How to Banish Bacneâ€"for Good!

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Backless outfits are in these days—but who wants to show off their backside if it’s covered in zits? This is one area on the body (like the face and chest) that has a hefty amount of oil glands. The friction forces a combo of surface sweat, dirt, and oils back into the pores, which clogs them and spurs those inflamed pesky bumps (known as bacne) that would make anyone want to cover up. Fortunately, there are a few ways to prevent pimples from erupting and to zap them goodbye if they do. Keep reading to find out just how to clear things up. 

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Watch What You Wear

When you work out, opt for loose, white, 100 percent cotton T-shirts. Cotton will soak up all the sweat and oil produced on the back, trapping it in your clothes instead of your pores, says dermatologist David Bank, M.D., director of the Center for Dermatology, Cosmetic, and Laser Surgery in Mount Kisco, New York. Plus, the loose fit lets your skin breathe, while sticking to white reduces the risk of irritation from artificial dyes.

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Ditch the Dryer Sheets

Throwing fabric softener sheets into the dryer seems like a harmless way to freshen up a load of laundry, but these sheets can also leave behind chemicals that aggravate the skin. “The fibers [from the sheet] come off in the dryer,” says Bank. “Those microscopic little strands can stay in the clothing that’s been dried and then get re-deposited in the skin, especially if you’re sweating. They’ll be leeched out even more and clog the pores.” Go for a liquid fabric softener instead, and be sure to use an extra rinse cycle to minimize any chemical residue that could be left behind.

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Scope Out Your Scalp

Although scalp breakouts aren't super common, "it can still have an overgrowth microscopically of yeast and bacteria,” says Bank. If you’re sweating, all the bacteria can then travel down your neck and onto the upper back, one of the most common spots for bacne breakouts. Use an anti-dandruff shampoo, which also has bacteria-fighting properties that will leave your scalp squeaky clean.

RELATED: How to Get Rid of Those Annoying Zits on Your Scalp

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Rock a Ponytail

Styling products like mousse, gel, and hairspray can actually betray you if you’re not careful. So consider this your chance to show off your face in a pretty updo. “Getting the hair up and off the back so it’s not resting against the skin depositing those chemicals in that area is optimal,” says Bank. 

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Rinse Off Sooner

The shorter the time between exercising and showering, the better for your skin.  “Even if you don’t have the opportunity to shower right away, just changing from the wet sports bra into a dry bra or dry loose fitting T-shirt will decrease your chances of breaking out,” says Whitney Bowe, M.D., a board-certified dermatologist in New York City and Briarcliff Manor, New York. So get out of sweat-soaked clothing as soon as possible to minimize bacteria-to-skin contact.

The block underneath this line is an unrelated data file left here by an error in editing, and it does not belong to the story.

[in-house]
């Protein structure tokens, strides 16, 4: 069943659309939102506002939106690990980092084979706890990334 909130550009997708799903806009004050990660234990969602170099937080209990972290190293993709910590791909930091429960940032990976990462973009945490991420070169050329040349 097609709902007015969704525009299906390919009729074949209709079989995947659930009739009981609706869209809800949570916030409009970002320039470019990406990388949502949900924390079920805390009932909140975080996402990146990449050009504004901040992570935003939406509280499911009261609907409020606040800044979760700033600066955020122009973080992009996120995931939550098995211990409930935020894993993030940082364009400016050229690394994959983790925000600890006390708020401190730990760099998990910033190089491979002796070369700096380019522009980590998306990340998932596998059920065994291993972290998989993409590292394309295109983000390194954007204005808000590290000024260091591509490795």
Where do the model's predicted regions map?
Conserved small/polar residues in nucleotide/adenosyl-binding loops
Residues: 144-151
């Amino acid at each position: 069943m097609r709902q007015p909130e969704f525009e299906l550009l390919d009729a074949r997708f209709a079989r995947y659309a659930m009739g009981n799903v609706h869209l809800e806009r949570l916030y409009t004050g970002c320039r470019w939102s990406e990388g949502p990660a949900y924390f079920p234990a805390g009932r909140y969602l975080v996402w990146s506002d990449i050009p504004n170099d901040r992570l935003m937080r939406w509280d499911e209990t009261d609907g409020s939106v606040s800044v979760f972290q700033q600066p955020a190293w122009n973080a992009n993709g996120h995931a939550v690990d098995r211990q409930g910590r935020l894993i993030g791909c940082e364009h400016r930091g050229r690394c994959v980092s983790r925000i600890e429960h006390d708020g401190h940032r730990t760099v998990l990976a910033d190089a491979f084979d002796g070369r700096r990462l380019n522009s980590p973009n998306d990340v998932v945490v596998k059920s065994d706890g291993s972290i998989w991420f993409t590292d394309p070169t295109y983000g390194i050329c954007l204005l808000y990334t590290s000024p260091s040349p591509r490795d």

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Curb Your Carb Intake

“Diet can affect all forms of acne,” says Bowe. You may want to consider avoiding carbs like white bread, pretzels, and potato chips, which all have a high glycemic index (or a high impact on your blood sugar). Studies have linked low-glycemic diets with reduced inflammation and activity of sebaceous (a.k.a. oil) glands, which can help minimize breakouts, says Bowe. Low-glycemic foods include beans, most fruits, sweet potatoes, and 100 percent whole wheat bread.

RELATED: 8 Things That Happen When You Stop Eating Bread

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Give Your Back a Gentle Scrub

If you want to prepare your skin for a good cleanse, start with gentle exfoliation to help open your pores and remove dead skin—but be careful not to over do it. Oily skin can take gentle exfoliation daily, but if you’re sensitive, stick to a light scrub once a week, says Bank. 

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Clean up Thoroughly

Switching to an antibacterial body wash in the shower is a simple way to make sure you’re keeping your back clean. Concentrate on the upper back and shoulders, where breakouts tend to occur more frequently. Bank suggests Cetaphil Gentle Cleansing Antibacterial Bar, ($6, It’s strong enough to kill off bacne-triggering gunk in your pores but gentle enough to use on sensitive skin.

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Use Acne-Fighting Ingredients

If an antibacterial wash isn’t cutting it, a cleanser with salicylic acid or benzoyl peroxide, commonly used to treat different types of acne, may yield better results. If you’re using benzoyl peroxide, test a patch of skin first to make sure an allergic reaction doesn’t occur, as it can be more irritating on sensitive skin. Topical solutions containing these active ingredients can also be applied to the back before bed, says Bank.

RELATED: 4 Reasons You’re Still Struggling with Acne

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Visit the Derm

Everyone’s skin type is different, so if preventative techniques and common treatments don’t work, it may be time to set up a one-on-one with a derm. If your doc thinks your breakouts are severe enough, she can prescribe oral antibiotics or even suggest chemical peels, which are effective for treating severe bacne, says Bowe. 

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